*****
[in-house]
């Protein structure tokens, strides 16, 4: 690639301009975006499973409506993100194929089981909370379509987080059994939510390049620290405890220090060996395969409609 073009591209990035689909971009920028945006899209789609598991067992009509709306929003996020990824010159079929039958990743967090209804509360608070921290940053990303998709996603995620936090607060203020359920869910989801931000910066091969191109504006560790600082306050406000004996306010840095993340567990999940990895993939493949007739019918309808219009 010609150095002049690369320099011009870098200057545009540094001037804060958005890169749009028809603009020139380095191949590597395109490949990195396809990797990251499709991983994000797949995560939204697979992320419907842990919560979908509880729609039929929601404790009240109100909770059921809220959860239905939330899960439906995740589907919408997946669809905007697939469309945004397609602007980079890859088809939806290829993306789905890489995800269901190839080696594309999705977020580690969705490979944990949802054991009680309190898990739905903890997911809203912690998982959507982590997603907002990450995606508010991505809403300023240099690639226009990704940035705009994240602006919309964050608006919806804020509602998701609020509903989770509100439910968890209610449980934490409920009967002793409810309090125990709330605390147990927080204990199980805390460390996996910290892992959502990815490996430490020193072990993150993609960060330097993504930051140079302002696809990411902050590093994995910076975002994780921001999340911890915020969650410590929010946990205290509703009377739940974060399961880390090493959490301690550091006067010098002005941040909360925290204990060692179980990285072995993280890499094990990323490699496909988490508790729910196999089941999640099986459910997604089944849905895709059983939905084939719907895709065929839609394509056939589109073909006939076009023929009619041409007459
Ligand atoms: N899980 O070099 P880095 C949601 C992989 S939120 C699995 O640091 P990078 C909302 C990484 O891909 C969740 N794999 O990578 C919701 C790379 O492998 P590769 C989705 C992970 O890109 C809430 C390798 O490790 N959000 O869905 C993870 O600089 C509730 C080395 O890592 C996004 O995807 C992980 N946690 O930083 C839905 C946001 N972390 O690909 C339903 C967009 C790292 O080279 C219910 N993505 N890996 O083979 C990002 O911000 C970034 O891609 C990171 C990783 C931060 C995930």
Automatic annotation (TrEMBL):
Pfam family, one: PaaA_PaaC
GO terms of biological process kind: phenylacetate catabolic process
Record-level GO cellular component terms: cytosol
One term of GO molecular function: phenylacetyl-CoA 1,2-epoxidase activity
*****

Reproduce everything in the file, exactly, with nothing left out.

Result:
[in-house]
């Protein structure tokens, strides 16, 4: 690639301009975006499973409506993100194929089981909370379509987080059994939510390049620290405890220090060996395969409609 073009591209990035689909971009920028945006899209789609598991067992009509709306929003996020990824010159079929039958990743967090209804509360608070921290940053990303998709996603995620936090607060203020359920869910989801931000910066091969191109504006560790600082306050406000004996306010840095993340567990999940990895993939493949007739019918309808219009 010609150095002049690369320099011009870098200057545009540094001037804060958005890169749009028809603009020139380095191949590597395109490949990195396809990797990251499709991983994000797949995560939204697979992320419907842990919560979908509880729609039929929601404790009240109100909770059921809220959860239905939330899960439906995740589907919408997946669809905007697939469309945004397609602007980079890859088809939806290829993306789905890489995800269901190839080696594309999705977020580690969705490979944990949802054991009680309190898990739905903890997911809203912690998982959507982590997603907002990450995606508010991505809403300023240099690639226009990704940035705009994240602006919309964050608006919806804020509602998701609020509903989770509100439910968890209610449980934490409920009967002793409810309090125990709330605390147990927080204990199980805390460390996996910290892992959502990815490996430490020193072990993150993609960060330097993504930051140079302002696809990411902050590093994995910076975002994780921001999340911890915020969650410590929010946990205290509703009377739940974060399961880390090493959490301690550091006067010098002005941040909360925290204990060692179980990285072995993280890499094990990323490699496909988490508790729910196999089941999640099986459910997604089944849905895709059983939905084939719907895709065929839609394509056939589109073909006939076009023929009619041409007459
Ligand atoms: N899980 O070099 P880095 C949601 C992989 S939120 C699995 O640091 P990078 C909302 C990484 O891909 C969740 N794999 O990578 C919701 C790379 O492998 P590769 C989705 C992970 O890109 C809430 C390798 O490790 N959000 O869905 C993870 O600089 C509730 C080395 O890592 C996004 O995807 C992980 N946690 O930083 C839905 C946001 N972390 O690909 C339903 C967009 C790292 O080279 C219910 N993505 N890996 O083979 C990002 O911000 C970034 O891609 C990171 C990783 C931060 C995930």
Automatic annotation (TrEMBL):
Pfam family, one: PaaA_PaaC
GO terms of biological process kind: phenylacetate catabolic process
Record-level GO cellular component terms: cytosol
One term of GO molecular function: phenylacetyl-CoA 1,2-epoxidase activity